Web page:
Centralized Data Modeling using Power BI Templates

The centralized data modeling approach is really helpful in many practical scenarios. This article focuses on achieving it using Power BI Templates and sharing the centralized data model across the organization. In addition, we are going to highlight the importance of maintaining common reporting tables in a central location for better management.

CodingSight - Centralized Data Modelling using Power BI Templates

What is Data Modeling in DBMS?

Data modeling is the way you can arrange and link your organizational data (typically in the form of tables) for reporting and analysis.

In other words, it is the strategy of lining tables with each other to get useful information by following the standard practices and domain knowledge of the organization.

Traditionally, it stands for implementing the star or snowflake schema from the perspective of the data warehouse BI solution.

What is Centralized Data Modeling?

Centralized data modeling means a generic data model consisting of some commonly used tables, relationships, and hierarchies that are shared across the organization. These elements the starting point for Power BI report development to anyone eligible, interested, and capable to do so.

How to Load Data in Power BI?

Data can be loaded into the Power BI report by importing it from another source, such as the data warehouse database specially optimized for business intelligence operations.

Power BI Templates

A Power BI Template is a template/general structure that the Power BI user or developer can build to share across all members of the organization and create other reports by using it.

Power BI Template and Report: What is the difference? 

  • A Power BI report is a single standalone report that can you can publish for multiple business users to view.
  • A Power BI Template is a structure that contains some generally used tables and their relationships. These elements can be shared with other internal users or developers to build further reports. In some cases, you provide such templates to business users who are capable of building reports.

The major difference between the Power BI Template and the Power BI report is that the template does not hold any (imported) data. The report does.

In other words, the Power BI Template is a structure of the data (database) without the data ready for reporting. The Power BI report is a report that has both the structure and the data arranged as tables with relationships and hierarchies.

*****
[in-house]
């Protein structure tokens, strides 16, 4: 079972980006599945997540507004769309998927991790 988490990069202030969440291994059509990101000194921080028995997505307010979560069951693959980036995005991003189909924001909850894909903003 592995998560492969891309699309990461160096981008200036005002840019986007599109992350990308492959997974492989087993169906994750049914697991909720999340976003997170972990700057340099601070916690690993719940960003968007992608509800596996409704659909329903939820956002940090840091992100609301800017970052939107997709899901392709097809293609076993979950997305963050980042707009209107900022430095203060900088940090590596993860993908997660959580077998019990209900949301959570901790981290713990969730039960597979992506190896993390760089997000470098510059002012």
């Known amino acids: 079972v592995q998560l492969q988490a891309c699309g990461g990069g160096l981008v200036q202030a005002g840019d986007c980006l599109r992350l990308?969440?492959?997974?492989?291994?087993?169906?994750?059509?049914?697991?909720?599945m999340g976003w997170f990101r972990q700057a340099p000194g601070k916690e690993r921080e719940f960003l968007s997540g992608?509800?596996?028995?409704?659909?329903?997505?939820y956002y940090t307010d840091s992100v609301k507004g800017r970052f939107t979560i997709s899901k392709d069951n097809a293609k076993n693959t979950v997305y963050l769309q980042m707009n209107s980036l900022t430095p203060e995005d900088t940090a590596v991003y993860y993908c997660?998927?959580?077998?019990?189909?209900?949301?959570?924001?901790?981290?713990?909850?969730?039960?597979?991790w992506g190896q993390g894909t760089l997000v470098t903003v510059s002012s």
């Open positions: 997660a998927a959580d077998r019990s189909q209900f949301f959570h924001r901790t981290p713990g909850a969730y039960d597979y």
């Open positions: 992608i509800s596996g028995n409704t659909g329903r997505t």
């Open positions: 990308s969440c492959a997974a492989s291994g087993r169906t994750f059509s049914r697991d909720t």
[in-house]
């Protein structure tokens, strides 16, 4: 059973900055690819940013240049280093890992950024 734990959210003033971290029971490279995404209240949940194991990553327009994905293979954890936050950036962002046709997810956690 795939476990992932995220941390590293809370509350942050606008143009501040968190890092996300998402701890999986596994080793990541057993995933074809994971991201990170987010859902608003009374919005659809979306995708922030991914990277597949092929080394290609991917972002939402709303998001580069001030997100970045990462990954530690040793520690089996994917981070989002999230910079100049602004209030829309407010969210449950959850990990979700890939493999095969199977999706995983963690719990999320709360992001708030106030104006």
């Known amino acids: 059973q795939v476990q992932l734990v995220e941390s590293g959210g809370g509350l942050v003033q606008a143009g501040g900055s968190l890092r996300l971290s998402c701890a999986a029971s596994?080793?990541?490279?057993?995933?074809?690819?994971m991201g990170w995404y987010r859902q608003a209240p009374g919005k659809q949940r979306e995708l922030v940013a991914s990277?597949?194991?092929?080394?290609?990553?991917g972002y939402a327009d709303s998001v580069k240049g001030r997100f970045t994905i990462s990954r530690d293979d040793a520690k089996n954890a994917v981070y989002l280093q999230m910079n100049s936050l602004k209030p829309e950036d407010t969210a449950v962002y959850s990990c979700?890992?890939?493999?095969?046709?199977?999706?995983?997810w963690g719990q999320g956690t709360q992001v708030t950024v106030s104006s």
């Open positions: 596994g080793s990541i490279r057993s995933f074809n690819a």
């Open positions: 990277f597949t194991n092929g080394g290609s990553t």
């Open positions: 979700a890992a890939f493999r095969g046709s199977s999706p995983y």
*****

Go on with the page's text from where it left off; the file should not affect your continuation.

How to create Power BI Template from Report?

Yes, we can do it.  In fact, it is a standard way of creating a Power BI template.

Example of Data Modeling in Power BI Desktop

There does not seem to be any direct method to create a new Power BI Template in Power BI Desktop. So, we begin with a Power BI report that we’ll turn into a template by simply exporting it as a template file.

However, this sample export must be strong and solid enough to present a template for the organization’s centralized data modeling strategy.

Prerequisites

  1. Knowledge of the database and data warehouse basic concepts
  2. Understanding the Power BI reports
  3. Power BI Desktop must be installed on your PC/Laptop

The Sample Organization Business Requirement and Proposed Solution

Our sample organization is called Work From Home. It offers a smart range of products suitable for work from home to both private and business clients.

This company asked their report developer to build a centralized data model. This model is going to be used by internal users for making Power BI reports based on the commonly used data structure.

The report developer has come up with the idea of using the Power BI Template to form a centralized data modeling strategy.

Visualizing the Data Source

Let us assume the company has a fully functional data warehouse database consisting of the following tables:

  1. ProductsWFH
  2. ClientsWFH
  3. FACT Sales

Manually Populating Data Source Tables

We are going to manually create and populate the main tables of the data warehouse database to save additional steps required to import data from a database.

Open your Power BI Desktop and close the data import window that shows up straight away.

On the Home tab click Enter data:

Entering date manually to create and populate table

Create a blank table called ProductWFH by entering the following data:

ProductKeyNamePrice
1Desk100
2Chair50

This is illustrated as follows:

Create a blank table called ProductWFH by entering the following data

Similarly, enter data for another table called ClientWFH:

ClientKeyType
1Private Client
2Business Client

The output is:

Similarly, enter data for another table called ClientWFH

Finally, let us set up the FACT table as per standard practices of a data warehouse business intelligence solution. We’ll call it FACT Sales and enter the following data: